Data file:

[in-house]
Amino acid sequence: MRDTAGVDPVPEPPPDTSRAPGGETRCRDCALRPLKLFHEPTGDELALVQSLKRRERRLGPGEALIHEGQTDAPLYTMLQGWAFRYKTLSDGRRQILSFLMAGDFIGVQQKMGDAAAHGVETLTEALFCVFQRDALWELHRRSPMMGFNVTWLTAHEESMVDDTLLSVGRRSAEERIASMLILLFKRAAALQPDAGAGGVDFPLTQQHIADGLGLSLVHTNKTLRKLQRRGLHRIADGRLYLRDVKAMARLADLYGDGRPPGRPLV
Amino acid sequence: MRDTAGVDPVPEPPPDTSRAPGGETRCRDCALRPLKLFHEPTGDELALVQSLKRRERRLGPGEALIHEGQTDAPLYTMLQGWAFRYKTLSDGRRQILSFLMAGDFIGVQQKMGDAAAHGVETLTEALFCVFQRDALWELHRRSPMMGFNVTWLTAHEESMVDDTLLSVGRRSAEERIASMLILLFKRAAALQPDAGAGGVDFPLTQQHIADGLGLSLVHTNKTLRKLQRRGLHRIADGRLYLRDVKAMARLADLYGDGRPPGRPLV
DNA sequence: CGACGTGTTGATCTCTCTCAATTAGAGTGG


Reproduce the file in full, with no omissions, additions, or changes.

[in-house]
Amino acid sequence: MRDTAGVDPVPEPPPDTSRAPGGETRCRDCALRPLKLFHEPTGDELALVQSLKRRERRLGPGEALIHEGQTDAPLYTMLQGWAFRYKTLSDGRRQILSFLMAGDFIGVQQKMGDAAAHGVETLTEALFCVFQRDALWELHRRSPMMGFNVTWLTAHEESMVDDTLLSVGRRSAEERIASMLILLFKRAAALQPDAGAGGVDFPLTQQHIADGLGLSLVHTNKTLRKLQRRGLHRIADGRLYLRDVKAMARLADLYGDGRPPGRPLV
Amino acid sequence: MRDTAGVDPVPEPPPDTSRAPGGETRCRDCALRPLKLFHEPTGDELALVQSLKRRERRLGPGEALIHEGQTDAPLYTMLQGWAFRYKTLSDGRRQILSFLMAGDFIGVQQKMGDAAAHGVETLTEALFCVFQRDALWELHRRSPMMGFNVTWLTAHEESMVDDTLLSVGRRSAEERIASMLILLFKRAAALQPDAGAGGVDFPLTQQHIADGLGLSLVHTNKTLRKLQRRGLHRIADGRLYLRDVKAMARLADLYGDGRPPGRPLV
DNA sequence: CGACGTGTTGATCTCTCTCAATTAGAGTGG